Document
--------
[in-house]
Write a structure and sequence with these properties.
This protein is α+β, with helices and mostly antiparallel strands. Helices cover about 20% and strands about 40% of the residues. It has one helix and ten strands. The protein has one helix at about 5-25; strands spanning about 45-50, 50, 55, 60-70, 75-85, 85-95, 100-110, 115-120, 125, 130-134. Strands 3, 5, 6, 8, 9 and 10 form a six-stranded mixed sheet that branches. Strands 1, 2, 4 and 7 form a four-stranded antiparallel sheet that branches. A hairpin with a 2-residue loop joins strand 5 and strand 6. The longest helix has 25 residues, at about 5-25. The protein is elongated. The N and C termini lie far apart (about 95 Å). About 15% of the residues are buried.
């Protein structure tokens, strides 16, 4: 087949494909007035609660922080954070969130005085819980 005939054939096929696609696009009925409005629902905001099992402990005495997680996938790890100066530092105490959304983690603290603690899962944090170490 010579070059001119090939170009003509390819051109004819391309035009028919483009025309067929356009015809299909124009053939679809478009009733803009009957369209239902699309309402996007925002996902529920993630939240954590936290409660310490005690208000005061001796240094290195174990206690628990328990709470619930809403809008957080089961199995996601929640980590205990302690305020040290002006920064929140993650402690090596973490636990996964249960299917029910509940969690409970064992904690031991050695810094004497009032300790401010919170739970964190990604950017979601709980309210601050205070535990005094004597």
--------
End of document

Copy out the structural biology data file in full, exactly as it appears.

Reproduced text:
[in-house]
Write a structure and sequence with these properties.
This protein is α+β, with helices and mostly antiparallel strands. Helices cover about 20% and strands about 40% of the residues. It has one helix and ten strands. The protein has one helix at about 5-25; strands spanning about 45-50, 50, 55, 60-70, 75-85, 85-95, 100-110, 115-120, 125, 130-134. Strands 3, 5, 6, 8, 9 and 10 form a six-stranded mixed sheet that branches. Strands 1, 2, 4 and 7 form a four-stranded antiparallel sheet that branches. A hairpin with a 2-residue loop joins strand 5 and strand 6. The longest helix has 25 residues, at about 5-25. The protein is elongated. The N and C termini lie far apart (about 95 Å). About 15% of the residues are buried.
């Protein structure tokens, strides 16, 4: 087949494909007035609660922080954070969130005085819980 005939054939096929696609696009009925409005629902905001099992402990005495997680996938790890100066530092105490959304983690603290603690899962944090170490 010579070059001119090939170009003509390819051109004819391309035009028919483009025309067929356009015809299909124009053939679809478009009733803009009957369209239902699309309402996007925002996902529920993630939240954590936290409660310490005690208000005061001796240094290195174990206690628990328990709470619930809403809008957080089961199995996601929640980590205990302690305020040290002006920064929140993650402690090596973490636990996964249960299917029910509940969690409970064992904690031991050695810094004497009032300790401010919170739970964190990604950017979601709980309210601050205070535990005094004597």